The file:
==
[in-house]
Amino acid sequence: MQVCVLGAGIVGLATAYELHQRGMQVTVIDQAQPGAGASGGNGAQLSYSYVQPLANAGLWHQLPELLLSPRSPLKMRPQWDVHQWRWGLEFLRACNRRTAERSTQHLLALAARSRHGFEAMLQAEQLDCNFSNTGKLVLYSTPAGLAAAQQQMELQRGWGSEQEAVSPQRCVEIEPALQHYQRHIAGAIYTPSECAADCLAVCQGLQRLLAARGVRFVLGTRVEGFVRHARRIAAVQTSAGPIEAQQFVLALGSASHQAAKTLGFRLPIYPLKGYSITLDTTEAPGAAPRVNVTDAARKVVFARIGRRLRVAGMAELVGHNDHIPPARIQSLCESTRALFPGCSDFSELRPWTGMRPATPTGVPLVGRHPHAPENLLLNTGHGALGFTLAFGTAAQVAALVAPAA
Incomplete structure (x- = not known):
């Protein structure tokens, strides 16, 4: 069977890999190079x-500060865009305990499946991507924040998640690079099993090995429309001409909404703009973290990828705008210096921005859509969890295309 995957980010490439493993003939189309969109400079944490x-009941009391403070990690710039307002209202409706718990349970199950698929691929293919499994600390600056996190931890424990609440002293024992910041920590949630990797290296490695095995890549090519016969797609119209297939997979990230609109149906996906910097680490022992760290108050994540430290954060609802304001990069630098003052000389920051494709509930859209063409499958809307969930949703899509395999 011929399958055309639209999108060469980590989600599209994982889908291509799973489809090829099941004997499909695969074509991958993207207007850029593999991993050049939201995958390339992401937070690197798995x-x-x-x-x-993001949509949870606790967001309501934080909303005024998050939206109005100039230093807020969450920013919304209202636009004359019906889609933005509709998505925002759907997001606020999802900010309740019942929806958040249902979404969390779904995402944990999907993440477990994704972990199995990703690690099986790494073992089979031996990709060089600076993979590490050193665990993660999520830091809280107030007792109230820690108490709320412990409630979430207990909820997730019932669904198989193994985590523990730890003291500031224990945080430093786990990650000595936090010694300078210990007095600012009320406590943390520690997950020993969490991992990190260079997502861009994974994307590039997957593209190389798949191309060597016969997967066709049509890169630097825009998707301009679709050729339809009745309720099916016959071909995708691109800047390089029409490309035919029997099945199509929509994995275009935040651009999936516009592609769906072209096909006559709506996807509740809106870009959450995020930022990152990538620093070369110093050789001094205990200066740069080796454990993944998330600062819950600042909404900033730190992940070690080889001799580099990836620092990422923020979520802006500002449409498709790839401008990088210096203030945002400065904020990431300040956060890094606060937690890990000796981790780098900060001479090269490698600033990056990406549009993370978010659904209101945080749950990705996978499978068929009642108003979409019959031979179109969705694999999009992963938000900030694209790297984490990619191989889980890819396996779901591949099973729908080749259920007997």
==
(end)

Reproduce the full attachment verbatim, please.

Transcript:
[in-house]
Amino acid sequence: MQVCVLGAGIVGLATAYELHQRGMQVTVIDQAQPGAGASGGNGAQLSYSYVQPLANAGLWHQLPELLLSPRSPLKMRPQWDVHQWRWGLEFLRACNRRTAERSTQHLLALAARSRHGFEAMLQAEQLDCNFSNTGKLVLYSTPAGLAAAQQQMELQRGWGSEQEAVSPQRCVEIEPALQHYQRHIAGAIYTPSECAADCLAVCQGLQRLLAARGVRFVLGTRVEGFVRHARRIAAVQTSAGPIEAQQFVLALGSASHQAAKTLGFRLPIYPLKGYSITLDTTEAPGAAPRVNVTDAARKVVFARIGRRLRVAGMAELVGHNDHIPPARIQSLCESTRALFPGCSDFSELRPWTGMRPATPTGVPLVGRHPHAPENLLLNTGHGALGFTLAFGTAAQVAALVAPAA
Incomplete structure (x- = not known):
């Protein structure tokens, strides 16, 4: 069977890999190079x-500060865009305990499946991507924040998640690079099993090995429309001409909404703009973290990828705008210096921005859509969890295309 995957980010490439493993003939189309969109400079944490x-009941009391403070990690710039307002209202409706718990349970199950698929691929293919499994600390600056996190931890424990609440002293024992910041920590949630990797290296490695095995890549090519016969797609119209297939997979990230609109149906996906910097680490022992760290108050994540430290954060609802304001990069630098003052000389920051494709509930859209063409499958809307969930949703899509395999 011929399958055309639209999108060469980590989600599209994982889908291509799973489809090829099941004997499909695969074509991958993207207007850029593999991993050049939201995958390339992401937070690197798995x-x-x-x-x-993001949509949870606790967001309501934080909303005024998050939206109005100039230093807020969450920013919304209202636009004359019906889609933005509709998505925002759907997001606020999802900010309740019942929806958040249902979404969390779904995402944990999907993440477990994704972990199995990703690690099986790494073992089979031996990709060089600076993979590490050193665990993660999520830091809280107030007792109230820690108490709320412990409630979430207990909820997730019932669904198989193994985590523990730890003291500031224990945080430093786990990650000595936090010694300078210990007095600012009320406590943390520690997950020993969490991992990190260079997502861009994974994307590039997957593209190389798949191309060597016969997967066709049509890169630097825009998707301009679709050729339809009745309720099916016959071909995708691109800047390089029409490309035919029997099945199509929509994995275009935040651009999936516009592609769906072209096909006559709506996807509740809106870009959450995020930022990152990538620093070369110093050789001094205990200066740069080796454990993944998330600062819950600042909404900033730190992940070690080889001799580099990836620092990422923020979520802006500002449409498709790839401008990088210096203030945002400065904020990431300040956060890094606060937690890990000796981790780098900060001479090269490698600033990056990406549009993370978010659904209101945080749950990705996978499978068929009642108003979409019959031979179109969705694999999009992963938000900030694209790297984490990619191989889980890819396996779901591949099973729908080749259920007997």